Tim Flach is one of a tiny number who has managed to make my photographic kit look depressingly mediocre when it comes to sports photography at the school, but he makes up for this by always being happy to talk with me about his work. For the past three years I have been teaching his son and coaching him athletics, which has only ever been a pleasure, so it was a wonderful surprise to be given a personalised copy of two of Tim’s books as a thank you for the care and support of his son. I also have an invite to his London studio to see him at work – something to which I am much looking forward.
For much of his work, Tim uses a Hasselblad medium format camera, but for Endangered he needed the versatility of an SLR, opting for the 50.6-megapixel Canon 5Ds typically paired with the spectacular Canon EF 200-400 mm f/4L IS USM lens with built-in 1.4x extender. His underwater work necessitated much wider shooting for which the Canon EF 11-24 mm f/4L USM and a Nauticam housing.
Prior to any photography for Endangered, Tim spent six months on research, interviewing scientists and conservationists. The project itself required him to travel the globe for almost two years photographing the rare creatures. He then sifted through his work selecting 160 to feature in the book. He wanted to connect people to the characters and personalities of the animals: some images look as though they are staring at you from the pages of the book.
Articles and Interviews:
- Endangered Gallery
- Tim Flach’s intimate portraits of endangered animals – Canon Professional Network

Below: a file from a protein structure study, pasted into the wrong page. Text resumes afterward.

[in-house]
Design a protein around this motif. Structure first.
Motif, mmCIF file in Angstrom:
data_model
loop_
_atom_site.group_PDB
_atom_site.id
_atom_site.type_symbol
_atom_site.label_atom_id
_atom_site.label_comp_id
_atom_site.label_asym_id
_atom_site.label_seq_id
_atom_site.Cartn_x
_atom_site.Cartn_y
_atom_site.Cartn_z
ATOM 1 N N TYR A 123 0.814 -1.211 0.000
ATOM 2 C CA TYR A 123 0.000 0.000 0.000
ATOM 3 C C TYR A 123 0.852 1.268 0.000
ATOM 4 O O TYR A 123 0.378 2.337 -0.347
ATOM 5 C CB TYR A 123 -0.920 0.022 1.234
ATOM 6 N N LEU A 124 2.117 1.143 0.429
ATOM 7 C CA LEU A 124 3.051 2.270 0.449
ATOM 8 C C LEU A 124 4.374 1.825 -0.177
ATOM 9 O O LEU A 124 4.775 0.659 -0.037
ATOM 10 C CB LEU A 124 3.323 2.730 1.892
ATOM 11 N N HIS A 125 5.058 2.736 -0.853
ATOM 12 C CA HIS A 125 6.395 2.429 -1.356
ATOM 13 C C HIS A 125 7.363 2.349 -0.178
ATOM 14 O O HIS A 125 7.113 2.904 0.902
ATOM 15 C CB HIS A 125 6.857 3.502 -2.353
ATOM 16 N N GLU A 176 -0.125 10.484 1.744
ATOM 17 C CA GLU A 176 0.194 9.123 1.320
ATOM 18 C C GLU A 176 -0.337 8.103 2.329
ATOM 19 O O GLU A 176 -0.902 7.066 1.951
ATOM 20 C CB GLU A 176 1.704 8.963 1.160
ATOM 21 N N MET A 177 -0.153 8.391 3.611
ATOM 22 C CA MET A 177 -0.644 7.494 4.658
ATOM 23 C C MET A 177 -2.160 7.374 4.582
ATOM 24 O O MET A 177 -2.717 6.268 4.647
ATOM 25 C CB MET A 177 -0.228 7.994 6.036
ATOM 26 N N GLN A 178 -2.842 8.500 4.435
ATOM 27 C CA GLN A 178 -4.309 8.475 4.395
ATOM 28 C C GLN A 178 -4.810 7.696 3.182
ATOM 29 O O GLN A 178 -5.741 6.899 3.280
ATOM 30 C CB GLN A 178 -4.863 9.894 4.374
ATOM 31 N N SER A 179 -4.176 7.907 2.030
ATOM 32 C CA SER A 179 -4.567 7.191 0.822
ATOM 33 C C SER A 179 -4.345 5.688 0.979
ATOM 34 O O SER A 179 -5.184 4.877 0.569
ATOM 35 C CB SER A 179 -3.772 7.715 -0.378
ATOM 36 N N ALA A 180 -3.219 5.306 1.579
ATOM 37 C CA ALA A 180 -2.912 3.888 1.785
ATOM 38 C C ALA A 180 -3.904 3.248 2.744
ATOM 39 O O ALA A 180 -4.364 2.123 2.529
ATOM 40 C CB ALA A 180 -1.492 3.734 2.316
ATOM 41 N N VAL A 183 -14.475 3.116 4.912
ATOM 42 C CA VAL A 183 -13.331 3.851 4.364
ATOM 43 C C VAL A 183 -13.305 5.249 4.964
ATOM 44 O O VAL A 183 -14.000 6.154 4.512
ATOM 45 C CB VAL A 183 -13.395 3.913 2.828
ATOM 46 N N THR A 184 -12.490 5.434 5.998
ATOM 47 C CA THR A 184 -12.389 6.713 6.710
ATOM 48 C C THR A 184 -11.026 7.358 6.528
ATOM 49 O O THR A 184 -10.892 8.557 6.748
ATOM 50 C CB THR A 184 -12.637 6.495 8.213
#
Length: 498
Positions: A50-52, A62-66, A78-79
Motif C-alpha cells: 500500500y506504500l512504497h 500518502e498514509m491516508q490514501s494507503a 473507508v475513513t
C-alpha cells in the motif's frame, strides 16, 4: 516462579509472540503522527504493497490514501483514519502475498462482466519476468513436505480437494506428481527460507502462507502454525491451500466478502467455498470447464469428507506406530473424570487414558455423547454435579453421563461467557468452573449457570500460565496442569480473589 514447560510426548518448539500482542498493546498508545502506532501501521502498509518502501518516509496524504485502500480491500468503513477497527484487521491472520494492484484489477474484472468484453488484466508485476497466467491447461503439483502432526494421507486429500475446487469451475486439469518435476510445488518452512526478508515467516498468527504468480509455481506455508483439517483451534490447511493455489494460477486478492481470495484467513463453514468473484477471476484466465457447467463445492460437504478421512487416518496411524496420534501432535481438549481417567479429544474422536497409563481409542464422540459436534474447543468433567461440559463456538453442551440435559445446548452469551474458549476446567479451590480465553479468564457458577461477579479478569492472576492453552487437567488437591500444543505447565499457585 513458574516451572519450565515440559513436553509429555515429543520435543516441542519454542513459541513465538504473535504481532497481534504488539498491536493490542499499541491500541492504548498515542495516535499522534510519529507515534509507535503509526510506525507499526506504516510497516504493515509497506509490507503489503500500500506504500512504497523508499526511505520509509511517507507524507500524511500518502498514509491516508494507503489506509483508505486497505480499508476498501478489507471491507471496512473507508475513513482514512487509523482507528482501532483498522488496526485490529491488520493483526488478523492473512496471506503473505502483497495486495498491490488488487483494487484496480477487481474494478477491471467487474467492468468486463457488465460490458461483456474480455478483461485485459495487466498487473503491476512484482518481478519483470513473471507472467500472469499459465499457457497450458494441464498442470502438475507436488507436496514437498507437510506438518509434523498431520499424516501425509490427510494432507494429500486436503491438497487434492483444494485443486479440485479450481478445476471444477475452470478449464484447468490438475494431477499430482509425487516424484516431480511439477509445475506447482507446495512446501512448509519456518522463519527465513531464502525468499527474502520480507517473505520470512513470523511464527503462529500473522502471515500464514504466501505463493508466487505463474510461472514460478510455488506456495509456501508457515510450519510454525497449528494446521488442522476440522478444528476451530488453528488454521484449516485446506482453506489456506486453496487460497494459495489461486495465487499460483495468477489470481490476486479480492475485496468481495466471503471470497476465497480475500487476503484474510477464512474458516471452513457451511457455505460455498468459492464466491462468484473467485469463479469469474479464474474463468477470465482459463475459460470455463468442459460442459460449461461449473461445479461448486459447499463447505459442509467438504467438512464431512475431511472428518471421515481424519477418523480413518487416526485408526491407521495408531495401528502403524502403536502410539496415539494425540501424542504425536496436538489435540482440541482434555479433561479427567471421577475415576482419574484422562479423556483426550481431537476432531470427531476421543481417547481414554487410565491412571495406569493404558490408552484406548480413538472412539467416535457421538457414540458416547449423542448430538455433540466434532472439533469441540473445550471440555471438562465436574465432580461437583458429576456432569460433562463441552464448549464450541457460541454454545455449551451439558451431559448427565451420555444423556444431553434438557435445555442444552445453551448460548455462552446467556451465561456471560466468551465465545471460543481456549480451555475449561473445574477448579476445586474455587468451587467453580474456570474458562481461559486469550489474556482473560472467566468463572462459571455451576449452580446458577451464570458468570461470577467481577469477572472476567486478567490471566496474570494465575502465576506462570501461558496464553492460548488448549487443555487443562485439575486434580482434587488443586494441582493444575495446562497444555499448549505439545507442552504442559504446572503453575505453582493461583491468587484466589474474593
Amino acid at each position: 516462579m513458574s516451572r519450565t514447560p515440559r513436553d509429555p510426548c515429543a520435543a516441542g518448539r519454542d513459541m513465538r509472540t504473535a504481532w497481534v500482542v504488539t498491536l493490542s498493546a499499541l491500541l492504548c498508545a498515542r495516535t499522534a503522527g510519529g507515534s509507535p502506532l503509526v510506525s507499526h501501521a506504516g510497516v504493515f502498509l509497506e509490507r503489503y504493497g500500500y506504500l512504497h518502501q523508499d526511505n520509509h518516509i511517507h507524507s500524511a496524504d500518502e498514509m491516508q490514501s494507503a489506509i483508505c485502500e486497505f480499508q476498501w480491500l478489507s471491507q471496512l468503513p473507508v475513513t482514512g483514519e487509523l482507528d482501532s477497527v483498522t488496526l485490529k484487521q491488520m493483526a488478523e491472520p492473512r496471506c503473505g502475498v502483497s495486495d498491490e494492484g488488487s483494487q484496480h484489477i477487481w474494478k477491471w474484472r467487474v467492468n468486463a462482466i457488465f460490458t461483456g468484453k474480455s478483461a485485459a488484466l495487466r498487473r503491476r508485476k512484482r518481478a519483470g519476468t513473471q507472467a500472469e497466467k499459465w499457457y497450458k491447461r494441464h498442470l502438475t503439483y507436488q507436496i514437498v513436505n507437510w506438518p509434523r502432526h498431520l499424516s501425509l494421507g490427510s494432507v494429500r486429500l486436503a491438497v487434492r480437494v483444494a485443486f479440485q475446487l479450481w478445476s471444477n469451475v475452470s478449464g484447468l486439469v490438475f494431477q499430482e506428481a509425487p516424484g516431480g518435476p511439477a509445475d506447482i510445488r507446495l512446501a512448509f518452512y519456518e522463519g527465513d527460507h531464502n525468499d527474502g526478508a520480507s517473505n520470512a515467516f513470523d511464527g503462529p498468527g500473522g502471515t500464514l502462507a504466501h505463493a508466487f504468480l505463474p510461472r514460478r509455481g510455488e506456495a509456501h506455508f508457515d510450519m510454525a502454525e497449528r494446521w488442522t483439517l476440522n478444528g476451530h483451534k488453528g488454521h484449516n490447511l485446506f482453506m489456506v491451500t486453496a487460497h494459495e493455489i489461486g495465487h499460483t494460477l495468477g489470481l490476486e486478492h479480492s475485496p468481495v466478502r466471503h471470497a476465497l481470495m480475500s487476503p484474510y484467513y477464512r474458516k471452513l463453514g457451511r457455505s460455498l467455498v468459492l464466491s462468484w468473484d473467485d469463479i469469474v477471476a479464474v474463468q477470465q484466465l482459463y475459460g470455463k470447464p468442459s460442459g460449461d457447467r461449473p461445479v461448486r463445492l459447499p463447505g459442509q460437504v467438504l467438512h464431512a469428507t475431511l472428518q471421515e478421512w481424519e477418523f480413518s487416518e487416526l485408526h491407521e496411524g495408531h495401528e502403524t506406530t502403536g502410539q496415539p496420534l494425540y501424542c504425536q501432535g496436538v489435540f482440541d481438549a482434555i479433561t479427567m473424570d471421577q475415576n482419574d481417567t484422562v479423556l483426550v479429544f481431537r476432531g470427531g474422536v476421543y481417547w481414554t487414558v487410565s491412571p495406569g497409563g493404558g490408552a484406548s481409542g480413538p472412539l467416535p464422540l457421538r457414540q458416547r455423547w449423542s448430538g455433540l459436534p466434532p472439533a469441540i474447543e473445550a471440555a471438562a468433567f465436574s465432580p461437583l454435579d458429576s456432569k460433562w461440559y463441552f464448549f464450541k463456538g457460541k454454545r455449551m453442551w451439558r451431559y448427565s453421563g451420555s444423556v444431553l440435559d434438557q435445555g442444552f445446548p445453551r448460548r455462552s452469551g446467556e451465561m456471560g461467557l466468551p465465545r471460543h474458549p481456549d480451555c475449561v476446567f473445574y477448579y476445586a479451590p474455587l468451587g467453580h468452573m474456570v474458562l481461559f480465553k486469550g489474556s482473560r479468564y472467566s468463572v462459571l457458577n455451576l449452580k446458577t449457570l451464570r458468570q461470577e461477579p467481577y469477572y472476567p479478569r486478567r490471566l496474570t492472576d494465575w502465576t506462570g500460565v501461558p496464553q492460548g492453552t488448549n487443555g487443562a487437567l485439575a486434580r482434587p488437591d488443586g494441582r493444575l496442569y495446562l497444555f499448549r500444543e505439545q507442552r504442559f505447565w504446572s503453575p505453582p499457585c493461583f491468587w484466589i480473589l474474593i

- Zoo’s company: the wild world of Tim Flach – Canon Professional Network
- Through the Lens of Photographer Tim Flach – fubiz.net
More Than Human represents seven years of animal portraiture with Tim attempting to demonstrate just how similar animal gestures and poses can be to those of humans. Experimenting with different temperatures, lighting and sounds generated very different responses with each animal. Through wonderful closeups in incredible detail, Tim manages to create a sense of intimacy and empathy even with the less attractive animals.
The main section of each book is utterly uncluttered with nothing more than a full-page image. This layout works thanks to an impressive Information section at the back, featuring a thumbnail of every page, together with pertinent information about the animal.
It is rare that I look through photographic publications thinking that I would be happy to have any of the images gracing my walls, but this is certainly the case with these two books. It is almost impossible to select a favourite, but I find the following image stunning to look at – even though the eye are only just visible, they impart an extraordinary intensity.The quality and size of these publications leaves one in no doubt as to the serious nature of the works therein and yet Tim’s practice will soon feature in miniature on an upcoming series of Royal Mail stamps. The series of ten 1st class stamps, titled Birds of Prey will be released on 04 April. Available individually, as a set, as postcards, limited edition prints, etc..
From large coffee table book to postage stamp, each style of publication lies outside the possibilities of my practice although of the 51 years of Christmas stamps, stained glass windows have provided the inspiration for the Royal Mail to produce three sets: 1971, 1992 and 2009 (further information HERE):